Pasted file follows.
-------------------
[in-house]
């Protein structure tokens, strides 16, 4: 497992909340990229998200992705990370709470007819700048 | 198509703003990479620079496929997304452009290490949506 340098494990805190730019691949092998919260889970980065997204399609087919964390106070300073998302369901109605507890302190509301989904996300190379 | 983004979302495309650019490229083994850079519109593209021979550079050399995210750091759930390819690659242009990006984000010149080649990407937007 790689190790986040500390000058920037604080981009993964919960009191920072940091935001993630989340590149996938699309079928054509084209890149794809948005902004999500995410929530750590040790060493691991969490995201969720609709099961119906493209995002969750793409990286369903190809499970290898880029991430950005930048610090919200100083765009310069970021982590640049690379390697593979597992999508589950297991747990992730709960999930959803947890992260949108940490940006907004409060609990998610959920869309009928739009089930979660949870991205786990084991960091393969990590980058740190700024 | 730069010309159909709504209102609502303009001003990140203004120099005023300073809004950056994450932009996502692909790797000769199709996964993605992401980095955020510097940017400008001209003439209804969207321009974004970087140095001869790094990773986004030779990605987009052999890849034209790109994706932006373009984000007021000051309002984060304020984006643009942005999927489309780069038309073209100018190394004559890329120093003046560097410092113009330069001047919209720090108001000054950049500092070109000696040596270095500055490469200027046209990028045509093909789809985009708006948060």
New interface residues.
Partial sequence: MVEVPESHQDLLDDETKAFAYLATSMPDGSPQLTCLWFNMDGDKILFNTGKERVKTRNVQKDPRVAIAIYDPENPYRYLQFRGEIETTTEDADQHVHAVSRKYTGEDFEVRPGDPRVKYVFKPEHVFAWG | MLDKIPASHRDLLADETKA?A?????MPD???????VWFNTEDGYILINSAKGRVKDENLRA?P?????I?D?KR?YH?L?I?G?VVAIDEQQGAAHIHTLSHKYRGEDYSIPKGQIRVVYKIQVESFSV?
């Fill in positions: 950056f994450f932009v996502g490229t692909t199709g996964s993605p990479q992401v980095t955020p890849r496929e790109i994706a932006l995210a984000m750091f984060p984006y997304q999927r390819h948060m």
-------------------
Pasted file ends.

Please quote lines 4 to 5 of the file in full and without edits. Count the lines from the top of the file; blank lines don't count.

Partial sequence: MVEVPESHQDLLDDETKAFAYLATSMPDGSPQLTCLWFNMDGDKILFNTGKERVKTRNVQKDPRVAIAIYDPENPYRYLQFRGEIETTTEDADQHVHAVSRKYTGEDFEVRPGDPRVKYVFKPEHVFAWG | MLDKIPASHRDLLADETKA?A?????MPD???????VWFNTEDGYILINSAKGRVKDENLRA?P?????I?D?KR?YH?L?I?G?VVAIDEQQGAAHIHTLSHKYRGEDYSIPKGQIRVVYKIQVESFSV?
């Fill in positions: 950056f994450f932009v996502g490229t692909t199709g996964s993605p990479q992401v980095t955020p890849r496929e790109i994706a932006l995210a984000m750091f984060p984006y997304q999927r390819h948060m």